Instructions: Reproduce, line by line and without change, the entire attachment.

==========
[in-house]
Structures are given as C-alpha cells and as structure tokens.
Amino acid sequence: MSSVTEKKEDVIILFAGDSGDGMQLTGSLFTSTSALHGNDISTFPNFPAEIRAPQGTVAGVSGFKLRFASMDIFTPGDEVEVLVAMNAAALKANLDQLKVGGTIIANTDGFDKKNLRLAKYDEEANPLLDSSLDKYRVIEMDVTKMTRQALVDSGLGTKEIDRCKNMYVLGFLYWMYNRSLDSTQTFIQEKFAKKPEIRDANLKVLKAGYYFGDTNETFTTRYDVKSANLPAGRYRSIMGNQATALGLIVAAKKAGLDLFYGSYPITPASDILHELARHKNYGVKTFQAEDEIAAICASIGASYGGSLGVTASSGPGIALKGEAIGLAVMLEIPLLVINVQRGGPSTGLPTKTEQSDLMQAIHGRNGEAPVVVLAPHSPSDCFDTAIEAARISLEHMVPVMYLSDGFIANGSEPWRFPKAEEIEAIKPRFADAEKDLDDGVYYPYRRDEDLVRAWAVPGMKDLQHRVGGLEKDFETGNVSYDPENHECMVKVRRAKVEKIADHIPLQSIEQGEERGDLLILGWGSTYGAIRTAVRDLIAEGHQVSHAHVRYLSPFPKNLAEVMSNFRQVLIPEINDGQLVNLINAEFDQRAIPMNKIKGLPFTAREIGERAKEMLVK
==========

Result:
[in-house]
Structures are given as C-alpha cells and as structure tokens.
Amino acid sequence: MSSVTEKKEDVIILFAGDSGDGMQLTGSLFTSTSALHGNDISTFPNFPAEIRAPQGTVAGVSGFKLRFASMDIFTPGDEVEVLVAMNAAALKANLDQLKVGGTIIANTDGFDKKNLRLAKYDEEANPLLDSSLDKYRVIEMDVTKMTRQALVDSGLGTKEIDRCKNMYVLGFLYWMYNRSLDSTQTFIQEKFAKKPEIRDANLKVLKAGYYFGDTNETFTTRYDVKSANLPAGRYRSIMGNQATALGLIVAAKKAGLDLFYGSYPITPASDILHELARHKNYGVKTFQAEDEIAAICASIGASYGGSLGVTASSGPGIALKGEAIGLAVMLEIPLLVINVQRGGPSTGLPTKTEQSDLMQAIHGRNGEAPVVVLAPHSPSDCFDTAIEAARISLEHMVPVMYLSDGFIANGSEPWRFPKAEEIEAIKPRFADAEKDLDDGVYYPYRRDEDLVRAWAVPGMKDLQHRVGGLEKDFETGNVSYDPENHECMVKVRRAKVEKIADHIPLQSIEQGEERGDLLILGWGSTYGAIRTAVRDLIAEGHQVSHAHVRYLSPFPKNLAEVMSNFRQVLIPEINDGQLVNLINAEFDQRAIPMNKIKGLPFTAREIGERAKEMLVK